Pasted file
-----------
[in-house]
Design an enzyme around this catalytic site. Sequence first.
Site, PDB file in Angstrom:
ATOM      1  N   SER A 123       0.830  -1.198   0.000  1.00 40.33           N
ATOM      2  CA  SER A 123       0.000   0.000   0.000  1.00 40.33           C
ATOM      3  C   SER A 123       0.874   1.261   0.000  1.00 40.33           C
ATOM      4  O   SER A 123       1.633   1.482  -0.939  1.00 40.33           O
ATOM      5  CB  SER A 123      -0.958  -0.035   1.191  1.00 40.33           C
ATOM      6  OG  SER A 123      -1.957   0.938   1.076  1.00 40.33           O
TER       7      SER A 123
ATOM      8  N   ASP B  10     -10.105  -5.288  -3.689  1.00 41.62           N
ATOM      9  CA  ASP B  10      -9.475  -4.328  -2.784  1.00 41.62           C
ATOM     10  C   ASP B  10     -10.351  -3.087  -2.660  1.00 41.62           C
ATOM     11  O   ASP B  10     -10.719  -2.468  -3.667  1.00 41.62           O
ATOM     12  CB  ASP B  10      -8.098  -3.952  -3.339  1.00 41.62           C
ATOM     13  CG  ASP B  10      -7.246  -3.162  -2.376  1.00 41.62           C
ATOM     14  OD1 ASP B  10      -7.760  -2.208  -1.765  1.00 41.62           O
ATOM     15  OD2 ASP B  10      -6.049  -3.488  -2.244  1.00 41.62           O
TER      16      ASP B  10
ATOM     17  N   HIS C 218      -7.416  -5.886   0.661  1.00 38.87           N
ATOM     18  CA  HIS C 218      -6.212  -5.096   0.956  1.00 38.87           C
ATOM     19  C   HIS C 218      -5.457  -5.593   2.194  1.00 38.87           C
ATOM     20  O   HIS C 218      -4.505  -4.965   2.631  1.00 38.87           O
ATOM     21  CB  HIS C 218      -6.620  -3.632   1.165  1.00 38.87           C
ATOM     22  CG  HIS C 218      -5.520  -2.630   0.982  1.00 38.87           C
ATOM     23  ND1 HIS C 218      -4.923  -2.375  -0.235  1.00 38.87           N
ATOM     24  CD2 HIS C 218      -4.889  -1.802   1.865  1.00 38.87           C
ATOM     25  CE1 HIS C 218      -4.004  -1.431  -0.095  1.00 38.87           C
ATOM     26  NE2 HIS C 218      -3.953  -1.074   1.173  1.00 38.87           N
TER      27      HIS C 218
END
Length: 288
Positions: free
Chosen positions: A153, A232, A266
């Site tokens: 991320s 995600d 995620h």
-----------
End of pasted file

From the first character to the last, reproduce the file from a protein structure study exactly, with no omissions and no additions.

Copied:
[in-house]
Design an enzyme around this catalytic site. Sequence first.
Site, PDB file in Angstrom:
ATOM      1  N   SER A 123       0.830  -1.198   0.000  1.00 40.33           N
ATOM      2  CA  SER A 123       0.000   0.000   0.000  1.00 40.33           C
ATOM      3  C   SER A 123       0.874   1.261   0.000  1.00 40.33           C
ATOM      4  O   SER A 123       1.633   1.482  -0.939  1.00 40.33           O
ATOM      5  CB  SER A 123      -0.958  -0.035   1.191  1.00 40.33           C
ATOM      6  OG  SER A 123      -1.957   0.938   1.076  1.00 40.33           O
TER       7      SER A 123
ATOM      8  N   ASP B  10     -10.105  -5.288  -3.689  1.00 41.62           N
ATOM      9  CA  ASP B  10      -9.475  -4.328  -2.784  1.00 41.62           C
ATOM     10  C   ASP B  10     -10.351  -3.087  -2.660  1.00 41.62           C
ATOM     11  O   ASP B  10     -10.719  -2.468  -3.667  1.00 41.62           O
ATOM     12  CB  ASP B  10      -8.098  -3.952  -3.339  1.00 41.62           C
ATOM     13  CG  ASP B  10      -7.246  -3.162  -2.376  1.00 41.62           C
ATOM     14  OD1 ASP B  10      -7.760  -2.208  -1.765  1.00 41.62           O
ATOM     15  OD2 ASP B  10      -6.049  -3.488  -2.244  1.00 41.62           O
TER      16      ASP B  10
ATOM     17  N   HIS C 218      -7.416  -5.886   0.661  1.00 38.87           N
ATOM     18  CA  HIS C 218      -6.212  -5.096   0.956  1.00 38.87           C
ATOM     19  C   HIS C 218      -5.457  -5.593   2.194  1.00 38.87           C
ATOM     20  O   HIS C 218      -4.505  -4.965   2.631  1.00 38.87           O
ATOM     21  CB  HIS C 218      -6.620  -3.632   1.165  1.00 38.87           C
ATOM     22  CG  HIS C 218      -5.520  -2.630   0.982  1.00 38.87           C
ATOM     23  ND1 HIS C 218      -4.923  -2.375  -0.235  1.00 38.87           N
ATOM     24  CD2 HIS C 218      -4.889  -1.802   1.865  1.00 38.87           C
ATOM     25  CE1 HIS C 218      -4.004  -1.431  -0.095  1.00 38.87           C
ATOM     26  NE2 HIS C 218      -3.953  -1.074   1.173  1.00 38.87           N
TER      27      HIS C 218
END
Length: 288
Positions: free
Chosen positions: A153, A232, A266
């Site tokens: 991320s 995600d 995620h």